Symptoms of mites in dogs
Dog mite symptoms will vary depending on the type of mite involved, but the signs primarily involve the skin. Read on to find out more about the three important mite species that can infest your dog.
Demodex mites are a normal inhabitant of your dog’s skin. These mites live in the hair follicles and are passed from a female dog to her pups during nursing. The dog’s immune system normally controls the number of mites so that they cause no harm.
Dogs can develop signs of disease (known as demodectic mange) if their immune system is unable to control the mite population. This most commonly occurs in young or malnourished dogs. An excessive mite problem can also occur in dogs that have other diseases that compromise their immune system.
Demodex mite symptoms can include:
- Hair loss
- Thickened skin
- Skin infections
As the mites themselves are too small to be seen with the naked eye, your vet will need to examine a skin scraping under the microscope to identify the mites.
Sarcoptes mites cause a disease called sarcoptic mange in dogs. The mites easily pass from an infested dog to other dogs that are in close contact. The mites can also be transmitted to humans.
Sarcoptes mite symptoms in dogs can include:
- Intense itching
- Hair loss
- Skin infections
Confirming a diagnosis of Sarcoptes mites can be difficult as the mites live within the skin. Your vet will need to examine a skin scraping under the microscope to identify the mites.
As their name suggests, ear mites inhabit the ear canals and surrounding skin. Ear mite symptoms can include:
- Skin irritation in and around the ears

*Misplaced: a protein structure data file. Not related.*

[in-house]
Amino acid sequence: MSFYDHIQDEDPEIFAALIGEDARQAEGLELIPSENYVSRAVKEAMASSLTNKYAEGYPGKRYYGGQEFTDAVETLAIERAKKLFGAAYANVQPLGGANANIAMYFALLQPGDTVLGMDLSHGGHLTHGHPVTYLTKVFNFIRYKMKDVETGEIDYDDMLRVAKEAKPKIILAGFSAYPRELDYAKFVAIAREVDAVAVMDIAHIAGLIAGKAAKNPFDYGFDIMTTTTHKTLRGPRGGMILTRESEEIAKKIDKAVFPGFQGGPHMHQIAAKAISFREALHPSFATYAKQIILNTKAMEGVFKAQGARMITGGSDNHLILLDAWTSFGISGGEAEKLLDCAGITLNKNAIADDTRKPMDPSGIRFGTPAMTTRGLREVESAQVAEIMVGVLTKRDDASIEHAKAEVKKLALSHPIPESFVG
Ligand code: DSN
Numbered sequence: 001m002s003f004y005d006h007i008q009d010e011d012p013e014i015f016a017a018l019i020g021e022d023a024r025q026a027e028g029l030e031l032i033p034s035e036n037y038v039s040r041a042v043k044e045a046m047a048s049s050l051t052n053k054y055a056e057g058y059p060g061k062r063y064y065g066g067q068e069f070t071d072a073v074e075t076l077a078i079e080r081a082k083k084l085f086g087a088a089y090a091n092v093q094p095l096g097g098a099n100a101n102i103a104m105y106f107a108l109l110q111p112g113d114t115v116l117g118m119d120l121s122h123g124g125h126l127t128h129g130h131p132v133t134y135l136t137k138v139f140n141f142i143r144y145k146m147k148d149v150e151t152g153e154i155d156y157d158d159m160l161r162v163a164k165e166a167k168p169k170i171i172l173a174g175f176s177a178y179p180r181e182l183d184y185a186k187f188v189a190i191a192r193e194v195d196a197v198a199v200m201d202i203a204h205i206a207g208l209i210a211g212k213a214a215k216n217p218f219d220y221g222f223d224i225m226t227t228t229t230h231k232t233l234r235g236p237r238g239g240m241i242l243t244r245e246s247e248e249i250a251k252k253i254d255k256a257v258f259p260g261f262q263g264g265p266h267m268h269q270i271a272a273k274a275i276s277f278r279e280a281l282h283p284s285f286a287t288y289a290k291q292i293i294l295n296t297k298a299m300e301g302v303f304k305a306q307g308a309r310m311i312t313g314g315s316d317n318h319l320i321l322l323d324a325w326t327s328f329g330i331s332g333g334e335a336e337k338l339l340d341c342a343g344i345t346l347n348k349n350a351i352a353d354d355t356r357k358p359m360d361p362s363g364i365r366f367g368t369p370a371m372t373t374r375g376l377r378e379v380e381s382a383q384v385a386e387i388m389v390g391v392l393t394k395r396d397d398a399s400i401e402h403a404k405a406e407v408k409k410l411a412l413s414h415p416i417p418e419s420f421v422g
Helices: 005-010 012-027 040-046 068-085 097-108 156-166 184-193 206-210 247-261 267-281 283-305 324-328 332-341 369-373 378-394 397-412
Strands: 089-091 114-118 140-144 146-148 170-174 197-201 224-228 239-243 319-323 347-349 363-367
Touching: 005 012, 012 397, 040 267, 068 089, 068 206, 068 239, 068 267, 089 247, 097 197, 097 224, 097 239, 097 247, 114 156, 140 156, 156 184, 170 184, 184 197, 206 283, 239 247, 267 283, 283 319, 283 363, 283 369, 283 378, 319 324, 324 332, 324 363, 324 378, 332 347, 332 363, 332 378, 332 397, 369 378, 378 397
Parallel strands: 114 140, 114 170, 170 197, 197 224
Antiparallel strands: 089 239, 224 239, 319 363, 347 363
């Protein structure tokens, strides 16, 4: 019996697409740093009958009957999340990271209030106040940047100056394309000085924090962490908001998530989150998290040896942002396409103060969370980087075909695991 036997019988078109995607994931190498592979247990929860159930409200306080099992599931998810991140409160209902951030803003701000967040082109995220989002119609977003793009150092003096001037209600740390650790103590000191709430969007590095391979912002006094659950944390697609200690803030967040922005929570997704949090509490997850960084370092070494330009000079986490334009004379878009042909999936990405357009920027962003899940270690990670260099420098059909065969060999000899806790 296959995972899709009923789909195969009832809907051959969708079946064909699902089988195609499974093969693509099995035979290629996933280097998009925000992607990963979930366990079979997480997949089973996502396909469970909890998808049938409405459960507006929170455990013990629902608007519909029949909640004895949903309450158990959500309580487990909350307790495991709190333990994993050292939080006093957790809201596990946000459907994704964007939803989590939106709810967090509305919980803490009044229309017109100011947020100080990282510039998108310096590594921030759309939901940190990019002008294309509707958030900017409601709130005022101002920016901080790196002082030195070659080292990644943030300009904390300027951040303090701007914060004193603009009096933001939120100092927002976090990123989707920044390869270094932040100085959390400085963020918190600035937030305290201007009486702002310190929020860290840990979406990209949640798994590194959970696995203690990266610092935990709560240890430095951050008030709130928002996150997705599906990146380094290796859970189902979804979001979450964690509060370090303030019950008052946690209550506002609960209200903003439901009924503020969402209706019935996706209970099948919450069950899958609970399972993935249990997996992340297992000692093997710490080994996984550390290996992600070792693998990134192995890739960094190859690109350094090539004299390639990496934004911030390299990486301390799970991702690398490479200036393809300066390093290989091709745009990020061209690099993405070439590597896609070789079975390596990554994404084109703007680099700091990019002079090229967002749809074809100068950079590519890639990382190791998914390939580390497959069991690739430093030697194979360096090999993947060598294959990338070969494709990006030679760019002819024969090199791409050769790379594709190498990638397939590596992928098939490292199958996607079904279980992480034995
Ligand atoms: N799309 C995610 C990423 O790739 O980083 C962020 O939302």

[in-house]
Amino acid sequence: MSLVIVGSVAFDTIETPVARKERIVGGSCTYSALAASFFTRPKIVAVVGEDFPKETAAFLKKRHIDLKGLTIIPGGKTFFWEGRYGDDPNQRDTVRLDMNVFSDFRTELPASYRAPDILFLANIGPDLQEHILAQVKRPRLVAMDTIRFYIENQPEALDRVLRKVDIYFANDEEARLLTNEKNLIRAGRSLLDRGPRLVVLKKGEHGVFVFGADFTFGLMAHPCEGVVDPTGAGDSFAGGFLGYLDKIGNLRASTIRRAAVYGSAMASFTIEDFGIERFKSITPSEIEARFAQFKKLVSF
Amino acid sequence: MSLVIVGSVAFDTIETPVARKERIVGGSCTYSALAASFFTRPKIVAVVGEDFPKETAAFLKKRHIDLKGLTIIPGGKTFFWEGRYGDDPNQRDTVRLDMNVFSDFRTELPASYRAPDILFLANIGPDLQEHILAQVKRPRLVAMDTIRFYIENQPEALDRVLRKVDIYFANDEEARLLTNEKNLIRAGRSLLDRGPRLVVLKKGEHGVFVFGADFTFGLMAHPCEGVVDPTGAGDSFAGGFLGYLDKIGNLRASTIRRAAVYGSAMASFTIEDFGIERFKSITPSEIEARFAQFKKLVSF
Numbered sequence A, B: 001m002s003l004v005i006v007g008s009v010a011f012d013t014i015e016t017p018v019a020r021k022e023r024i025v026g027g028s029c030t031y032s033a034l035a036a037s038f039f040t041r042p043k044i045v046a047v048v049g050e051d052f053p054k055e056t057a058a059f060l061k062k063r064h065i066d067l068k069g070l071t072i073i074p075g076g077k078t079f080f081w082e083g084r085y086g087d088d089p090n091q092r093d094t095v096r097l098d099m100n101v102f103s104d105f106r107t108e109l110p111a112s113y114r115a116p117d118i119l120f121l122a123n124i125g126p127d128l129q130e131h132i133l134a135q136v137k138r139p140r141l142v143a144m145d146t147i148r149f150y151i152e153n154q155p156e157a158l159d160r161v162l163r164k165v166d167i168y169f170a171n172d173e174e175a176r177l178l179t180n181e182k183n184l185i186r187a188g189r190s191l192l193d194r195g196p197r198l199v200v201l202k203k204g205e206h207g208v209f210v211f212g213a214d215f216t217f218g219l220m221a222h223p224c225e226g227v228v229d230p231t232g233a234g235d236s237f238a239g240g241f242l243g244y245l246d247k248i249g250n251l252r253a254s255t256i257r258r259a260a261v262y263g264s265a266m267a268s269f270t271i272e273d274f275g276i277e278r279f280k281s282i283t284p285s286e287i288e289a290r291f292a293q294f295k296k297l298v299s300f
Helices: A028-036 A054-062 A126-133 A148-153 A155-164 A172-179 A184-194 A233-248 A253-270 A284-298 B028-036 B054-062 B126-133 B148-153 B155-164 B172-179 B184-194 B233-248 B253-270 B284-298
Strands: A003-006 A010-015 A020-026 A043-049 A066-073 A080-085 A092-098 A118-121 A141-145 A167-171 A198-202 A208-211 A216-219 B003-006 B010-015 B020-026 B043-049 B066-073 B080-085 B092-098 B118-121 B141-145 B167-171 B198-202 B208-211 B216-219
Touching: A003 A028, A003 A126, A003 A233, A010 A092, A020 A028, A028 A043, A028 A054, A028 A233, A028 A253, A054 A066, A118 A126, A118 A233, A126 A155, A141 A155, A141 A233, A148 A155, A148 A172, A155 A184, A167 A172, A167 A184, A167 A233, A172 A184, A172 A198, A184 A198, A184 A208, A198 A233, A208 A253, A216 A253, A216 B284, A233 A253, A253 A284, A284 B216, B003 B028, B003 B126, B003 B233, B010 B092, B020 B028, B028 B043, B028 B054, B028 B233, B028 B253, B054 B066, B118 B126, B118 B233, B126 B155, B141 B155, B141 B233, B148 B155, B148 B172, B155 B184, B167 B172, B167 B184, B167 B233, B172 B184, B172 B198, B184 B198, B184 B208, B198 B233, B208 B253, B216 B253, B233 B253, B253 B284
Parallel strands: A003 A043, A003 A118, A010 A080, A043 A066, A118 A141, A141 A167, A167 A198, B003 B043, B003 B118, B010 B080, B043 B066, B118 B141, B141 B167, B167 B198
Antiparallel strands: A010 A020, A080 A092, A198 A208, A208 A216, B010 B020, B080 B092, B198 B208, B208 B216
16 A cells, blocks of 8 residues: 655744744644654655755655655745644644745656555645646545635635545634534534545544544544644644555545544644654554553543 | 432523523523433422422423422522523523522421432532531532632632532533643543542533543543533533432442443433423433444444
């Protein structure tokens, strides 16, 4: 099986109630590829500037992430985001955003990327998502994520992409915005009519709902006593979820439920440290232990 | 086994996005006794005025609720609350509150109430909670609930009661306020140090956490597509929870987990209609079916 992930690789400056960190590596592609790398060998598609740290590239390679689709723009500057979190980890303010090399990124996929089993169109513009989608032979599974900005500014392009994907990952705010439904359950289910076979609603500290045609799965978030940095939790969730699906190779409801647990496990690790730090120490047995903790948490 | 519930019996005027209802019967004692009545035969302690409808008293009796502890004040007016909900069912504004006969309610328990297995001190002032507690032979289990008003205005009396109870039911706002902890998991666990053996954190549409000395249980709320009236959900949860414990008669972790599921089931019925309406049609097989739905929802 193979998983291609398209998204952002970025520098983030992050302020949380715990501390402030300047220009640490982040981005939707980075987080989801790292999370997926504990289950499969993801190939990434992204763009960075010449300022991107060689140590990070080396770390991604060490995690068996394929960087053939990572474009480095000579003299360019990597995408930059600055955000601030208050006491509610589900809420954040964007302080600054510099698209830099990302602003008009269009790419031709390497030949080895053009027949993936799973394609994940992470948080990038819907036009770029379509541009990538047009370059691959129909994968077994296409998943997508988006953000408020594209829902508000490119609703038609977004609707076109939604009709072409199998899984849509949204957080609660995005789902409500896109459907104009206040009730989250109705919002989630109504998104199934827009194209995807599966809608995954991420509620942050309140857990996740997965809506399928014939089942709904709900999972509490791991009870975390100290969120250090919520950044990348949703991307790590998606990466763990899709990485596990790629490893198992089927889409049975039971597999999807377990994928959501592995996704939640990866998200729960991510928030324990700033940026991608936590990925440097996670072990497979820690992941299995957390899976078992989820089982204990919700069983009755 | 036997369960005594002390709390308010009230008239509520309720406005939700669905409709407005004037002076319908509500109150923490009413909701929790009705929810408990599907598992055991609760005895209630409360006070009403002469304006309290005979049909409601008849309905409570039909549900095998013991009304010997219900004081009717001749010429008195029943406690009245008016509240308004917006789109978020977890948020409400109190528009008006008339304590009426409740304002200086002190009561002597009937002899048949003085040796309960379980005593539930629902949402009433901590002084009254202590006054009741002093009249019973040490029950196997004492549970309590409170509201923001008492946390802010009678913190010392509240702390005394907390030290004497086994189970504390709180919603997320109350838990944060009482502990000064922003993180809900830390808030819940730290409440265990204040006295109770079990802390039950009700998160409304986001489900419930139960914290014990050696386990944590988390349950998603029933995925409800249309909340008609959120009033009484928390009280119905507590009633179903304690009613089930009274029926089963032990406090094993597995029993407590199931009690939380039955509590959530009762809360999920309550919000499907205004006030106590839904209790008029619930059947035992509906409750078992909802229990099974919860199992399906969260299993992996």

- Scratching around the ears, head, and neck
- Head shaking
- Dark and waxy ear discharge
- An unpleasant odour from the ears
An ear mite infestation may also allow for a secondary bacterial or yeast infection to occur in your dog’s ears. Your vet can diagnose ear mites by looking at a sample from the ear canal under the microscope.
How to get rid of mites in dogs
It is important to visit your vet if you suspect that your dog has mites. Your vet will need to examine your dog and possibly perform tests to confirm the diagnosis, and determine whether any secondary problems are present (e.g. a bacterial skin infection).
Simple monthly dosing with NexGard® for Dogs or NexGard SPECTRA® for Dogs treats and controls the three most common mites infesting dogs in Australia: Demodex mites, the cause of demodectic mange; Sarcoptes mites, the cause of sarcoptic mange; and ear mites.
How long does it take to get rid of mites on dogs?
NexGard for Dogs and NexGard SPECTRA for Dogs are highly effective at treating Sarcoptes mites, Demodex mites and ear mites. A single dose is highly effective against ear mites. For Sarcoptes mites, two consecutive monthly doses are recommended. For Demodex mites, monthly treatment should be continued until the absence of mites is confirmed by two consecutive monthly skin scrapings (this test would be performed by your vet).
How do you get rid of ear mites on puppies?
How do I get rid of mites in the yard?
Close contact with other dogs is typically what causes mites to be transmitted to your pet, but some mites can also get onto surfaces in the environment (e.g. bedding) and infest a dog when they come in contact. Protect your dog from mites with NexGard for Dogs or NexGard SPECTRA for Dogs. Just one monthly chew helps keep dogs healthy by treating and controlling Sarcoptes mites, Demodex mites and ear mites.
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